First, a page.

Weld County commissioners this morning approved a gun ordinance that aims to protect the Second Amendment rights of Weld residents in the face of new state laws they find "appalling."
Ten more people spoke to commissioners at the final hearing of the Firearms Protection Code, some in support of and others against the measure, which essentially prohibits commissioners from passing ordinances that infringe on Weld residents' right to bear arms.
Commissioners admitted the ordinance isn't very impactful in terms of reversing recent state laws that require background checks for private and online gun sales and limit ammunition magazines to 15 rounds. Legally, they do not have the authority to void state laws, and they took an oath to follow state laws, commissioners said at the hearing. But they said the ordinance is a start, because it will require future commissioners to go through another code change if they wish to pass ordinances that restrict residents' use or possession of firearms.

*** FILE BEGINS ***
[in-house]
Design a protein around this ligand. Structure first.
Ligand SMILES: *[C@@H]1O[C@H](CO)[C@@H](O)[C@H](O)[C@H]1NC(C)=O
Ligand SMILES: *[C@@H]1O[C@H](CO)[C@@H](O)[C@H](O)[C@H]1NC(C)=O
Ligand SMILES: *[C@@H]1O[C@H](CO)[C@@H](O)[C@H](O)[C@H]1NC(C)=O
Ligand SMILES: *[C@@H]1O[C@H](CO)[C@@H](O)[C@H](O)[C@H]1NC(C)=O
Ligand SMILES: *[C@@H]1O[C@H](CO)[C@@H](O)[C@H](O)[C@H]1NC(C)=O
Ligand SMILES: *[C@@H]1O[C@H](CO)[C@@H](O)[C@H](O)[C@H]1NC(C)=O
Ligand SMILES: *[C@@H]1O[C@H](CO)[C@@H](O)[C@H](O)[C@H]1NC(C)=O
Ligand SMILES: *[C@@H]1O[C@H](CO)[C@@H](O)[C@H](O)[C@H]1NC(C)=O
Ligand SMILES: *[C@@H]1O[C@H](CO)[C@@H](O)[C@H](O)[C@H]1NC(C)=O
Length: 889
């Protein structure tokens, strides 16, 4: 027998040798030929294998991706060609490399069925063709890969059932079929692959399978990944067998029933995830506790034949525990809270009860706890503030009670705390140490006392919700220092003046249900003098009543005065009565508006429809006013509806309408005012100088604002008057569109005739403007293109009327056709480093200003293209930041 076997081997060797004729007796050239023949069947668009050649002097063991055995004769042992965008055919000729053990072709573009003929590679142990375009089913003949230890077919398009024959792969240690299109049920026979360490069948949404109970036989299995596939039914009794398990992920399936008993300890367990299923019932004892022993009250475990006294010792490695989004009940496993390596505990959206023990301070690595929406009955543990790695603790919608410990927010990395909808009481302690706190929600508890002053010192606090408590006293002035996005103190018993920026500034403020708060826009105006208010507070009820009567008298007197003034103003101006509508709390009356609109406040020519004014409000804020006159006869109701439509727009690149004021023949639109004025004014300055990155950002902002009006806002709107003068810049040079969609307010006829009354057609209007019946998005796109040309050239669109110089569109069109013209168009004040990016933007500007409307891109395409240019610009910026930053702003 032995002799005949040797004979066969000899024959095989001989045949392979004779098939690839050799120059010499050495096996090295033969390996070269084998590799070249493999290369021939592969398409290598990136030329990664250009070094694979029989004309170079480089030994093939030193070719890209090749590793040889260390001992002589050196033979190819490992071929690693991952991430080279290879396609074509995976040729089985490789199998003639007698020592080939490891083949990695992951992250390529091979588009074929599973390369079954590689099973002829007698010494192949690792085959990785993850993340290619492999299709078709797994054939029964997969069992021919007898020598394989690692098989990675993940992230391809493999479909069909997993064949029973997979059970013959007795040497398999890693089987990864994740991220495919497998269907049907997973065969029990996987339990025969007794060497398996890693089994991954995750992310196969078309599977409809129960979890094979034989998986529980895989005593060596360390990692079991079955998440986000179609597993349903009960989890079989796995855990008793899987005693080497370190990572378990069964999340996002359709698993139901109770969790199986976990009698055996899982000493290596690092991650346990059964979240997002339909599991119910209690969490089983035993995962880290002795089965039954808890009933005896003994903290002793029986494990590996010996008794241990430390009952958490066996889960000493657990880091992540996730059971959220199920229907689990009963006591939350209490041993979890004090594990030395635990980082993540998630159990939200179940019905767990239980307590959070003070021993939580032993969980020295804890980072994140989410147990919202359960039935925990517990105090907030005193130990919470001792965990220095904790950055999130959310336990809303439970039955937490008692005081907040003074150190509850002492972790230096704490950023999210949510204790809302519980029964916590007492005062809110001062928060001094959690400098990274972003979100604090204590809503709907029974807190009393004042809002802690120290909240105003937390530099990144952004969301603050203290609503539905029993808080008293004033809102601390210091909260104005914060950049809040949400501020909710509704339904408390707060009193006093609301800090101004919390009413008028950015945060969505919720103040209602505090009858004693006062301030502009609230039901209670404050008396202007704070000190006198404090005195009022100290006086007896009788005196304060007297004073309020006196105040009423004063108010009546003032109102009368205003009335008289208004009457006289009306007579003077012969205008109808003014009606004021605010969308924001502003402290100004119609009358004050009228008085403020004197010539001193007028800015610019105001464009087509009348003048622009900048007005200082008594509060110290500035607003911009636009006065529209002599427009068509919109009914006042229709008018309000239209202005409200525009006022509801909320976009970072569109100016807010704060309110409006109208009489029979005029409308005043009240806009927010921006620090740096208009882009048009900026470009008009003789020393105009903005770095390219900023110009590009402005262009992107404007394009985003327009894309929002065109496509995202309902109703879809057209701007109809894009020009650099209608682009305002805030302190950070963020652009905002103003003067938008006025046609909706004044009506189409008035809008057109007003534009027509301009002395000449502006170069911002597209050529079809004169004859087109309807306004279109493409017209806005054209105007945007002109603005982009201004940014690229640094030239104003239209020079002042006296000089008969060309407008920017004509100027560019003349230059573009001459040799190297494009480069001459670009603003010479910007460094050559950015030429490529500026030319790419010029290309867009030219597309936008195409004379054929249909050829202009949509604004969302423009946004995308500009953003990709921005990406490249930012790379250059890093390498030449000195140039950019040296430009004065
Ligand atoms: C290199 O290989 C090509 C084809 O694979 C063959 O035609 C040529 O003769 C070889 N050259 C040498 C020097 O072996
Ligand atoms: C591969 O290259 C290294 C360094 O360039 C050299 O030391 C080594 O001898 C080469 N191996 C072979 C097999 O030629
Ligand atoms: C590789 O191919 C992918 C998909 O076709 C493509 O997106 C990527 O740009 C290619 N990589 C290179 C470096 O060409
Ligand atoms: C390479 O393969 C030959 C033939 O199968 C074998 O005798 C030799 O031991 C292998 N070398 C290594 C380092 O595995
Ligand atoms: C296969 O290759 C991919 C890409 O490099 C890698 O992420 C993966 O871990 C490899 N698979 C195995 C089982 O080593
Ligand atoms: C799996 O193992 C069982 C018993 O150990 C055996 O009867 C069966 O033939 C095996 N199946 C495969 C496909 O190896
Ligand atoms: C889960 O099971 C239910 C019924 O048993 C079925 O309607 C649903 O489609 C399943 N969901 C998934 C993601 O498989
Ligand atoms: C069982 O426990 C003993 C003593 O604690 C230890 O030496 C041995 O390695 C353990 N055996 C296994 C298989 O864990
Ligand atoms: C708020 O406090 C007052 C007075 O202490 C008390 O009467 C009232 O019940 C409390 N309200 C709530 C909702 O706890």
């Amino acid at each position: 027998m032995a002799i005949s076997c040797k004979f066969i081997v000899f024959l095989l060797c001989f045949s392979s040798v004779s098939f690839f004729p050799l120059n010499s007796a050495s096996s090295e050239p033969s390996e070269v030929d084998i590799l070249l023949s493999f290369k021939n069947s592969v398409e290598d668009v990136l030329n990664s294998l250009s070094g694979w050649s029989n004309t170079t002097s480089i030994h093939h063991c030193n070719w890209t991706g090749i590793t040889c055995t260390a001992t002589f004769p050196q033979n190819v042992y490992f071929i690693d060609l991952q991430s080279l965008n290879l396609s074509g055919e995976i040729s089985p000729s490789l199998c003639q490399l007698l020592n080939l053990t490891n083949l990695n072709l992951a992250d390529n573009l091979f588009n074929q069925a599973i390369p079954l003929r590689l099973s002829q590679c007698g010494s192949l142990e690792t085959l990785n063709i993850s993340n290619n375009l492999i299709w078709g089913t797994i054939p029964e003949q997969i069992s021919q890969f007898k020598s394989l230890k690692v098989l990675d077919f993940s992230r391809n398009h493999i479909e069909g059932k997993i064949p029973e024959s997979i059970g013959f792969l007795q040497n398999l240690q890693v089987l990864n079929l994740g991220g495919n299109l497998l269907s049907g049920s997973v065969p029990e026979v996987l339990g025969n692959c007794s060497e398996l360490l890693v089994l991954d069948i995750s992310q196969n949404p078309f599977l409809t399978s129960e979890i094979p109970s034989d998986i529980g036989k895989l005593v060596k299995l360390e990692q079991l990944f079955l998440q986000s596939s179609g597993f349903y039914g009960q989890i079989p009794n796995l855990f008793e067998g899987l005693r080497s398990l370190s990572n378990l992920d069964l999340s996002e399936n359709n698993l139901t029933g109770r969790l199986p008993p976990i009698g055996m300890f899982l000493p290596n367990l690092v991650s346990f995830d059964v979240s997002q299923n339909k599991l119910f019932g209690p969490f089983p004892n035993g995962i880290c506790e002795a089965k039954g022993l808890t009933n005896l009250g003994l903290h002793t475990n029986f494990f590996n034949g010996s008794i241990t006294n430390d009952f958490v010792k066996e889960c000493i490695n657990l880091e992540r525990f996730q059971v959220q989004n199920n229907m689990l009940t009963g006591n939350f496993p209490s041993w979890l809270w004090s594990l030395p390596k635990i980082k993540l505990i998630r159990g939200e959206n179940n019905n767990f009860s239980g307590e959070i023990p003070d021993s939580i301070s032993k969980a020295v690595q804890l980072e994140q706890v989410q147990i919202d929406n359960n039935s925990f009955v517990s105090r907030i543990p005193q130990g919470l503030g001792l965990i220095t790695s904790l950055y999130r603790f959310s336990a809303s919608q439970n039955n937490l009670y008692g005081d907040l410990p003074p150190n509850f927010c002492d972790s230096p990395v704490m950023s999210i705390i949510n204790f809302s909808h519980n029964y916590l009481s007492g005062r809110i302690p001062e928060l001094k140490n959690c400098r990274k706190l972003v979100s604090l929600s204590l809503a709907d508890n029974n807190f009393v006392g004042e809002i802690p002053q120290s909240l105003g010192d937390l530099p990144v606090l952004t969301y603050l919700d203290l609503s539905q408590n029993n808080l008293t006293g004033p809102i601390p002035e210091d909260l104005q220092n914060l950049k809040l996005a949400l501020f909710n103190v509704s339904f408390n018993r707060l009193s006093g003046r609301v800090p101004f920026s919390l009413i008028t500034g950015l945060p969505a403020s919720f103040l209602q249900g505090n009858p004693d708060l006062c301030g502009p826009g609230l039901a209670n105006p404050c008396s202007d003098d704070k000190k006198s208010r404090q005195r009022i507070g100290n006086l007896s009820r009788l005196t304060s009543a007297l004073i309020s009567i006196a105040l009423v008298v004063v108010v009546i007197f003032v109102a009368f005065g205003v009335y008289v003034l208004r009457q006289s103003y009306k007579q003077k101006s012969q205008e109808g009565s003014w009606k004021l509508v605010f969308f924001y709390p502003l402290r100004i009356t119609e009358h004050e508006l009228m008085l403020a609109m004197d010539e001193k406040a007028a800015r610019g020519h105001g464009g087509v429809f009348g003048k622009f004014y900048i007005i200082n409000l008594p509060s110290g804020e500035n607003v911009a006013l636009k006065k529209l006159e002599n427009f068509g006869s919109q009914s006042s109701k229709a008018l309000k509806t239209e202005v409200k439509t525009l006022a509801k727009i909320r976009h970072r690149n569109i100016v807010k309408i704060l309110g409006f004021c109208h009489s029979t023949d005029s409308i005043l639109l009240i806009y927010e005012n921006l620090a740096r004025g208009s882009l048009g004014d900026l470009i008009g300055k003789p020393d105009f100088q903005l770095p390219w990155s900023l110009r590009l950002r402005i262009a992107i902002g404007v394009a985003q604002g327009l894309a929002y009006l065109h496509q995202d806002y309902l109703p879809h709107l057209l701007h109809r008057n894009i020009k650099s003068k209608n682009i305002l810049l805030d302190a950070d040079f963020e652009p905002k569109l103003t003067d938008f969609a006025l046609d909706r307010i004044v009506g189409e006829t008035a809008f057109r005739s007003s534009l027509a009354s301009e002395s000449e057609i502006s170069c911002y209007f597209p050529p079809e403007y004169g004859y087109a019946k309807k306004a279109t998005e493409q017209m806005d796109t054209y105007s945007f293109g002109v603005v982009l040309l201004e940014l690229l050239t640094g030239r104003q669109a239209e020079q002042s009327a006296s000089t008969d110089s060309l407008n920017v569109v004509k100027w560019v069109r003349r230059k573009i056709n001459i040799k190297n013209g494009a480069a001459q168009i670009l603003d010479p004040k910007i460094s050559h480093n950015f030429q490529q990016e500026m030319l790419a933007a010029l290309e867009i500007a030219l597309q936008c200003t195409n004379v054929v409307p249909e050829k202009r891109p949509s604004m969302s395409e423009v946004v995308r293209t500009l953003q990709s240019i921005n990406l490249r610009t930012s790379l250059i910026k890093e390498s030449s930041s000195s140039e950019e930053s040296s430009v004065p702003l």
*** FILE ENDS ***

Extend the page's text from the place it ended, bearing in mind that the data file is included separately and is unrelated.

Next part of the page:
The code change's previous two hearings drew a smattering of politically diverse comments. On one side, the group of 30 residents that originally asked commissioners to pass a gun ordinance threatened to sue them if they did not pass the proposed ordinance, which would have nullified state gun laws in the borders of Weld County and imposed monetary and jail time penalties for county officials who tried to restrict residents' right to bear arms.
On the other end of the spectrum, four Weld County residents on Monday said they believe the new state rules are reasonable and that they felt disenfranchised because Weld County commissioners already had their minds made up about the ordinance.
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